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    Yep. Economists will often draw your attention to this:

    [​IMG]

    Which is pretty bleak.
     
  3. EdwardBaiamonte
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    EdwardBaiamonte Gold Member

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    Boys, boys, we all know its bleak. The issue is how to prevent the liberals from making it worse as FDR did with idiotic liberal policies.
     
  4. DSGE
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    DSGE VIP Member

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    Is this satire...? :eusa_eh:
     
  5. pinqy
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    pinqy Gold Member

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    Nitpick 1. If you're under 16, in jail, military, or long term mental/health care, you are not in the population. The part about school is erroneous...school status doesn't matter, labor force participation has higher precedence. Someone in school looking for a (part time) job, is classified as unemployed.

    Not a requirement for the definition of unemployed.

    True.

    The reason those aren't asked is because they are too subjective. The sample is 60,000 households a month, which is adequate for a national survey, but if you start throwing in too many subjective nuances, you'll lose a lot of accuracy.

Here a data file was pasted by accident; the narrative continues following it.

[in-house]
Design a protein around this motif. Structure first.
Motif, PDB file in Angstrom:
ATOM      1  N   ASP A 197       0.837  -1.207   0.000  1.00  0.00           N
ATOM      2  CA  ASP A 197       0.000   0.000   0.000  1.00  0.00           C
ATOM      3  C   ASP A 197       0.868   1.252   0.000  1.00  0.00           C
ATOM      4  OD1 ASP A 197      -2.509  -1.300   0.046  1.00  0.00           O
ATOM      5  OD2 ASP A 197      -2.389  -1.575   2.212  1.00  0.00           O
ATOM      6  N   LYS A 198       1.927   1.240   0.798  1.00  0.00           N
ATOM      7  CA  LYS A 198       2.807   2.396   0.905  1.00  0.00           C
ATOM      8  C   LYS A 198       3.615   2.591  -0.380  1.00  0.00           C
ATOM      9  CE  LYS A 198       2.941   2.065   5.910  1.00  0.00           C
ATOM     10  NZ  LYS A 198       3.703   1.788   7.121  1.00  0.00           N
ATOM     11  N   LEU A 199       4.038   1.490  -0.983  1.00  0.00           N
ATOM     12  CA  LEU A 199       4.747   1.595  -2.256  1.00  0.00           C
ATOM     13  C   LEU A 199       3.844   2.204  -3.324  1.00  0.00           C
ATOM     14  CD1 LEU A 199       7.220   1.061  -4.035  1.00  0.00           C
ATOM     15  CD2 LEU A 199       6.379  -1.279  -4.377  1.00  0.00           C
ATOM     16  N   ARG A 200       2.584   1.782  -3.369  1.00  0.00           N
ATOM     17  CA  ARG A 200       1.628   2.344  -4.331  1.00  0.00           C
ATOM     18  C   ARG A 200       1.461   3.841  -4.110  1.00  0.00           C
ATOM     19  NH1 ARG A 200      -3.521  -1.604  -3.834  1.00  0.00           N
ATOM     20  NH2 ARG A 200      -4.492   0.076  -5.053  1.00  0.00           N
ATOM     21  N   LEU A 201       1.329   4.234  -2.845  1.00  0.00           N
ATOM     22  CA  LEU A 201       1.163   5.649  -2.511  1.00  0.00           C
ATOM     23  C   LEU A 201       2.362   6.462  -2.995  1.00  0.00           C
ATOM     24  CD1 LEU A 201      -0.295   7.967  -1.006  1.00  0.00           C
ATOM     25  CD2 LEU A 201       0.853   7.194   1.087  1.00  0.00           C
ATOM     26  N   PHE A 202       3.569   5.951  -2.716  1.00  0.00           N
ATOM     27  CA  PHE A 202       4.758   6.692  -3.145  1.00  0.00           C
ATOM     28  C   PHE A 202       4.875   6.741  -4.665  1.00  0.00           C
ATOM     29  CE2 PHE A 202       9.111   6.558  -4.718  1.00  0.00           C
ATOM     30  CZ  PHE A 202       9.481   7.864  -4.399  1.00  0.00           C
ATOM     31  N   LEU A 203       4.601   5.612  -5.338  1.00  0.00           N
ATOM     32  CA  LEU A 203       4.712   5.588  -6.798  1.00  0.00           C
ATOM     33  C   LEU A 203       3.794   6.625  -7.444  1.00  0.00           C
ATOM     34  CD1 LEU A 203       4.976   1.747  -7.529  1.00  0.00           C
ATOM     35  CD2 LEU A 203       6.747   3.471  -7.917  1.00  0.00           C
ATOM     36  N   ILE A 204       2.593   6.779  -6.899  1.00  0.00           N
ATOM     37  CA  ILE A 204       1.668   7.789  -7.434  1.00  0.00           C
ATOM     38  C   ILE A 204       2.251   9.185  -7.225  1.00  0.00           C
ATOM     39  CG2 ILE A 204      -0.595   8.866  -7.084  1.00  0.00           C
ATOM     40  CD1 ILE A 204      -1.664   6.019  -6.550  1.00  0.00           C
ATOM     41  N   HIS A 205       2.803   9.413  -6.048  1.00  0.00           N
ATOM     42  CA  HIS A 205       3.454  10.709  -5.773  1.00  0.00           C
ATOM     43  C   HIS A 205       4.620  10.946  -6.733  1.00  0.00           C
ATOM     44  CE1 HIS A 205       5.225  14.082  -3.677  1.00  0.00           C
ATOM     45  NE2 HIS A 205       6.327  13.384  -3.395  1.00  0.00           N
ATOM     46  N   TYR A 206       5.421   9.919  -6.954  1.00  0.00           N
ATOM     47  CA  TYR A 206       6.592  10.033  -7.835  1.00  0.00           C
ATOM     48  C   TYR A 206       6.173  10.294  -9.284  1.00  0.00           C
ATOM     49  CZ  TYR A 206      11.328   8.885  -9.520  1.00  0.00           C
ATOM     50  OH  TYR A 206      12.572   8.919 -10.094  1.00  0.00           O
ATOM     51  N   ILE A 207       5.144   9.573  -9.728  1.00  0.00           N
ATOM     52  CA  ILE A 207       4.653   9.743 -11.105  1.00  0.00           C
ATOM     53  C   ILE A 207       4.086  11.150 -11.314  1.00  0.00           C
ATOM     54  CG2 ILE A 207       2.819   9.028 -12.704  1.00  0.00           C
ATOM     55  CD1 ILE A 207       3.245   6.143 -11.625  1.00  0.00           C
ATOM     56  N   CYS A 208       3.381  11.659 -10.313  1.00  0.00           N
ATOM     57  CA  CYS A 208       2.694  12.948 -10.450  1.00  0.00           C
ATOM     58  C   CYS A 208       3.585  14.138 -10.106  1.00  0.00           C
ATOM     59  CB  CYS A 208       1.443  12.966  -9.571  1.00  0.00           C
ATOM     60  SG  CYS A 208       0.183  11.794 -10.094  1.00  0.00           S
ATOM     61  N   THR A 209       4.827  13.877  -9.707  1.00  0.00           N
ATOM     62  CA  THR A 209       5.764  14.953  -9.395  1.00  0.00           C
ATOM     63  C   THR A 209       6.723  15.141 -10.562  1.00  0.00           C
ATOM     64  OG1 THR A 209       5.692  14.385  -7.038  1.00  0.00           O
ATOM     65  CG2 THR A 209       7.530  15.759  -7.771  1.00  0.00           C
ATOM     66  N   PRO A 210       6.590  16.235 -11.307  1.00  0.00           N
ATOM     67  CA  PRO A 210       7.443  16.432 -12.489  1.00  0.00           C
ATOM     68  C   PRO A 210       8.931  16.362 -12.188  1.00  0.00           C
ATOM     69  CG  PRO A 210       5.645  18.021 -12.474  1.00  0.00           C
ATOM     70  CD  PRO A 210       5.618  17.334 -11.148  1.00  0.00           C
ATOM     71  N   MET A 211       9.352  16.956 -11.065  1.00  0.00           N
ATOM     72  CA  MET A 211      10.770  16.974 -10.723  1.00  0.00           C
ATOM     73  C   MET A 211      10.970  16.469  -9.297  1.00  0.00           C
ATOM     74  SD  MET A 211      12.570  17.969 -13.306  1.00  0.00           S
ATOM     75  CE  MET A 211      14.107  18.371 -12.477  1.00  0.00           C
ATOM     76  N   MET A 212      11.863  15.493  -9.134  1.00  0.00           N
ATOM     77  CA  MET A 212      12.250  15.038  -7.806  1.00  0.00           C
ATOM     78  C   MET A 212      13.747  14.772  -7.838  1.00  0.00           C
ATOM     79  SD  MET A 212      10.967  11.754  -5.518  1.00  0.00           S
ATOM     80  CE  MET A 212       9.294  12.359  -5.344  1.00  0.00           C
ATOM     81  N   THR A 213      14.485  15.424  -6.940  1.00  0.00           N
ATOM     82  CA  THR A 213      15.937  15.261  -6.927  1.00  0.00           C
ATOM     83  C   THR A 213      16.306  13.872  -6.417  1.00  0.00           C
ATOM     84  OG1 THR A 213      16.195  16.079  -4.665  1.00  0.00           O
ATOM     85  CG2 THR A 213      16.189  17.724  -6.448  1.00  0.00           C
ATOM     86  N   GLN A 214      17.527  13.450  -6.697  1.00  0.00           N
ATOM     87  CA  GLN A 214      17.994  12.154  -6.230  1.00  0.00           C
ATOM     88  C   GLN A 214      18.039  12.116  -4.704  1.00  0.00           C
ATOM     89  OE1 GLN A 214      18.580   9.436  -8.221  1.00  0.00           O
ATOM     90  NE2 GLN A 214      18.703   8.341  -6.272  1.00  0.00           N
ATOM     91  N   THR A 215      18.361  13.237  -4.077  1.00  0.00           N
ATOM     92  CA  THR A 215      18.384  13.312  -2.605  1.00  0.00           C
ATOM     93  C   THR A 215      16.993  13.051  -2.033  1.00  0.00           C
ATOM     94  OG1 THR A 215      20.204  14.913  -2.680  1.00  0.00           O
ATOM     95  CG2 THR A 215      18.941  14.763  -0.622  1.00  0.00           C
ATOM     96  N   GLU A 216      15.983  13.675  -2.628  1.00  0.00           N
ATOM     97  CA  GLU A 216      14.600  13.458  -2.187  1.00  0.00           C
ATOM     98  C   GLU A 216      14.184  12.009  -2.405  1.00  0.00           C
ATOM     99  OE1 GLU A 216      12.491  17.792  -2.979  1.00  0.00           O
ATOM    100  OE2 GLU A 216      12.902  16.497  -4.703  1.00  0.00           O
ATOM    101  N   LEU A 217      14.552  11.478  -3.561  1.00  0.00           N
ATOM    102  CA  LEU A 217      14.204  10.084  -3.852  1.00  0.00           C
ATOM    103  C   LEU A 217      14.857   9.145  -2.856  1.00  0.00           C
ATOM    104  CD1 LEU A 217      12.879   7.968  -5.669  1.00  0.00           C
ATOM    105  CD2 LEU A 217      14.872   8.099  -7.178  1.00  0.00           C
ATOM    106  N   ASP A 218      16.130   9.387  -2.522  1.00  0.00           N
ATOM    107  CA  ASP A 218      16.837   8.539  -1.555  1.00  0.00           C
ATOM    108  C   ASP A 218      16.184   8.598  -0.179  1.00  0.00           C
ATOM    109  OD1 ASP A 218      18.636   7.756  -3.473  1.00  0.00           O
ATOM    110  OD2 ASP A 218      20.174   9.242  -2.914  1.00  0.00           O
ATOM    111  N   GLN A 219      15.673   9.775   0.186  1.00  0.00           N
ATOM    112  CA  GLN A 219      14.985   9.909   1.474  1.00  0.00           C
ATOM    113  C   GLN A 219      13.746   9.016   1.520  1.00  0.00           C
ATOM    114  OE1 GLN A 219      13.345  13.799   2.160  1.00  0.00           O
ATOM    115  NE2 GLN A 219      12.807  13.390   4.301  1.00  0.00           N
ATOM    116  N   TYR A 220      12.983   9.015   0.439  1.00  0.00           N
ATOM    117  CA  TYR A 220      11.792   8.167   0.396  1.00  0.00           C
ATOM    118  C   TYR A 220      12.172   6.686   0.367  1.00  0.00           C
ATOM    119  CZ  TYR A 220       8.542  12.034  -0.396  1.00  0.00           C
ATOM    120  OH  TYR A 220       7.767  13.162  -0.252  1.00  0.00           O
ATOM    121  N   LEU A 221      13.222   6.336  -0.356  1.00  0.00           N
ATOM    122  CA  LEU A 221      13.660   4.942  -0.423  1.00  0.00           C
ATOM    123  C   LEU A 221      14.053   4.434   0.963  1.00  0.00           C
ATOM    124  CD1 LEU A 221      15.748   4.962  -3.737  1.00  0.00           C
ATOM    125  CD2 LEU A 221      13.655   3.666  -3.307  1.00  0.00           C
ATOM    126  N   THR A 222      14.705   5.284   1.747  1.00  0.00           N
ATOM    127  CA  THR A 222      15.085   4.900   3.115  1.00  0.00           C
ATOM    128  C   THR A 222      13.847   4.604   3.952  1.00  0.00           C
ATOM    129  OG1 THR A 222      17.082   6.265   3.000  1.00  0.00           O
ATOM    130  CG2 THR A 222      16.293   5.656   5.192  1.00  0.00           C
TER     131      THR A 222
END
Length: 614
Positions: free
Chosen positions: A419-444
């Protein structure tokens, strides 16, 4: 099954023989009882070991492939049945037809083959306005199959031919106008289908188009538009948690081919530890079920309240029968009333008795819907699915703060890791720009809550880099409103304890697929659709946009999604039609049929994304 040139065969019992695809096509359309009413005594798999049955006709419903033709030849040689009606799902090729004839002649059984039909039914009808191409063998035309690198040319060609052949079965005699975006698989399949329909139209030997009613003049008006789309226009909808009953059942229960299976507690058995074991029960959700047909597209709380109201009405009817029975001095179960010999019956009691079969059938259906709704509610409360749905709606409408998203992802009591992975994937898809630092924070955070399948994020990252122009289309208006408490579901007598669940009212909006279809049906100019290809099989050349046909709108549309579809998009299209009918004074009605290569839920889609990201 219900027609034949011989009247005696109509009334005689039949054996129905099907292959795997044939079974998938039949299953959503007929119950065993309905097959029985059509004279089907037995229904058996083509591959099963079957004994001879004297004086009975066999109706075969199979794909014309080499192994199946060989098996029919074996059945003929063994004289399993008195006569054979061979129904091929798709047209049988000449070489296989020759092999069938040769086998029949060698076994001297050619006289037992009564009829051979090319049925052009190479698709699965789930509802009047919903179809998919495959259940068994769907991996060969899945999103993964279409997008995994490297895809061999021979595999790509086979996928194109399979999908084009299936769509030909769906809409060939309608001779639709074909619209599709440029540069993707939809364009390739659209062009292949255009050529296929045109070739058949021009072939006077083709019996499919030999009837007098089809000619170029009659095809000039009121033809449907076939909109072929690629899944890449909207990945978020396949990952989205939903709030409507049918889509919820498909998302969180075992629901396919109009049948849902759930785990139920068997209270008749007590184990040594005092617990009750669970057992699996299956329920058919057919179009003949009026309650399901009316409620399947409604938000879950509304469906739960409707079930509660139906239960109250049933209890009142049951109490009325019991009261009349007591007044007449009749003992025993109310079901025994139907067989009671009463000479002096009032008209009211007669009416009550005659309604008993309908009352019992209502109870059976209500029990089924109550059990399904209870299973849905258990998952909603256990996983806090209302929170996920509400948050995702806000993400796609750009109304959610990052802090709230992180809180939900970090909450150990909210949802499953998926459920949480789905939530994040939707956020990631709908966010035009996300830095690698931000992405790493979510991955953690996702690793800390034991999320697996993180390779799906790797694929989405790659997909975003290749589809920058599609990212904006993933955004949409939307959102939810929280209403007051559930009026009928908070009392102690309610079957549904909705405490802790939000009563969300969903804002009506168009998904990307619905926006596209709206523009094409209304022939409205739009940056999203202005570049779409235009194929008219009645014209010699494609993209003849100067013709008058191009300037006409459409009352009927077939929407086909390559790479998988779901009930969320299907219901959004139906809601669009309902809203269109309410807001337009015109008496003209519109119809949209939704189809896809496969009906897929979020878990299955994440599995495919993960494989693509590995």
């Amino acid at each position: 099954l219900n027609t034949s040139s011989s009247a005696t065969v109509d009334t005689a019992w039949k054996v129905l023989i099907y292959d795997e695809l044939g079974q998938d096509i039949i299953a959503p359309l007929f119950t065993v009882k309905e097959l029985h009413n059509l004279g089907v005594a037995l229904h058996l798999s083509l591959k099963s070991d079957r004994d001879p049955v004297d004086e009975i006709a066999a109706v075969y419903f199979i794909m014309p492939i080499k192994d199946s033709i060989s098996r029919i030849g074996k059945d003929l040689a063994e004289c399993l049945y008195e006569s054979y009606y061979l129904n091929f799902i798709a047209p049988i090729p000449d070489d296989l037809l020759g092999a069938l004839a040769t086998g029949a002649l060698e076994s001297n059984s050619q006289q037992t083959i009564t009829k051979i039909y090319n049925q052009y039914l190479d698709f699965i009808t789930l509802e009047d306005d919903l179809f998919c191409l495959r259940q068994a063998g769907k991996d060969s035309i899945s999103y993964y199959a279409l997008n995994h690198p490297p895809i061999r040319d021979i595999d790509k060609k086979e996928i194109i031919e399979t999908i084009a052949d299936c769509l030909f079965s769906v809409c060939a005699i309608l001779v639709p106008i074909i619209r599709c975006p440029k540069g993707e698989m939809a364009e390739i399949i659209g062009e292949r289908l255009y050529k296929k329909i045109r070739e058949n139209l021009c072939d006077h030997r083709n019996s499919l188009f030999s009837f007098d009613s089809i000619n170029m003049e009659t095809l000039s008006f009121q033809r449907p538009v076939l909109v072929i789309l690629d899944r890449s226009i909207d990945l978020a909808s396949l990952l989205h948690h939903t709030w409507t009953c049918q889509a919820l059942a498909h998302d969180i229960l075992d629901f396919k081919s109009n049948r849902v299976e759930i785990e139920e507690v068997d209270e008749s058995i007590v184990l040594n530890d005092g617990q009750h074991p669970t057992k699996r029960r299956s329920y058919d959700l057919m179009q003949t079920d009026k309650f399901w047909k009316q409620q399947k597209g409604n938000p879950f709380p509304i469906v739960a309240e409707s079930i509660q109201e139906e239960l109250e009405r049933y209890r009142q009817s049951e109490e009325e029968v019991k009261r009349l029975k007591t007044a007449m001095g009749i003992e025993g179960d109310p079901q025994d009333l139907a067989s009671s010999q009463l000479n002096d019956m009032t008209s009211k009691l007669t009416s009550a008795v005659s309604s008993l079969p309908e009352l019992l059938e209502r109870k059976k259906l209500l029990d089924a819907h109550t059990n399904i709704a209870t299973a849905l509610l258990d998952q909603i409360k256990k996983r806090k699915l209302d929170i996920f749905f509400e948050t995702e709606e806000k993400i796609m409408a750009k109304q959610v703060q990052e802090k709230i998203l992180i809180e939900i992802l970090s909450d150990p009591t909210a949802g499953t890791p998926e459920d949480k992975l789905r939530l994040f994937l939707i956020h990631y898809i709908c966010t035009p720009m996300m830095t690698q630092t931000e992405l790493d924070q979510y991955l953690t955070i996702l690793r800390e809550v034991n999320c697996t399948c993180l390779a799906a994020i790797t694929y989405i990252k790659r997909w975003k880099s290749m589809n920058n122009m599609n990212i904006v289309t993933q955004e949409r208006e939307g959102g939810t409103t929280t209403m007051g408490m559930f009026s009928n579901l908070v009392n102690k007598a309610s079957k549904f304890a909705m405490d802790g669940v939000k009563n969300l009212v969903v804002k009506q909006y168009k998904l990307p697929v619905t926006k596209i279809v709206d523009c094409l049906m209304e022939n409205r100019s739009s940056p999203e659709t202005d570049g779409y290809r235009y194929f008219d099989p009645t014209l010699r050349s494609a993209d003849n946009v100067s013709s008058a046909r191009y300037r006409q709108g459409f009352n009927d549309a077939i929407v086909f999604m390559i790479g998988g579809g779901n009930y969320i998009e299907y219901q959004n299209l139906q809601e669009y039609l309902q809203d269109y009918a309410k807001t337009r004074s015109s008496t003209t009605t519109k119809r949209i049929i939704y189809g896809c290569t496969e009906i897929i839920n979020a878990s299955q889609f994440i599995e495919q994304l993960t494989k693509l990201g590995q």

First, discouragment is not based on being out of work "so long." Let's say a person was fired in the first week of November and looked for work immediately, poting a resume to Monster.com. For November she would be classified as Unemployed. But let's say she didn't get hits, or didn't get good hits and didn't follow up on anything and didn't find anything new to apply for. In December when the Census worker calls, she says she did not actively look in the last 4 weeks because she didn't think she'd find anything. She would be classified as discouraged, not unemployed and not appear in the UE rate.

    4 weeks is hardly "been out of work for so long that they have become discouraged..."


    Because there is no way to accurately measure that.

    Those are accurately measured and included in the report. They're not classified as UNemployed, though, because they are working.

    Nope. Add in all Marginally Attached (not just discouraged) and part time for economic reasons, and the rate is not even twice as high (15.6%)

    Same for household survey measure of employement.

    Right it is more accurate...BUT.....The establishment surevey measures NON-Farm payroll employment. Its universe is companies that contribute to Unemployment Insurance. Farm workers, self-employed, nannies, housekeepers, gardners etc are excluded. And it measures JOBS, not people. Someone working 2 or more jobs is counted for each job s/he works.

    The employment numbers from the household survey includes everyone, and counts each person only once, but it does have a slightly bigger margin of error.
     
    Last edited: Dec 27, 2011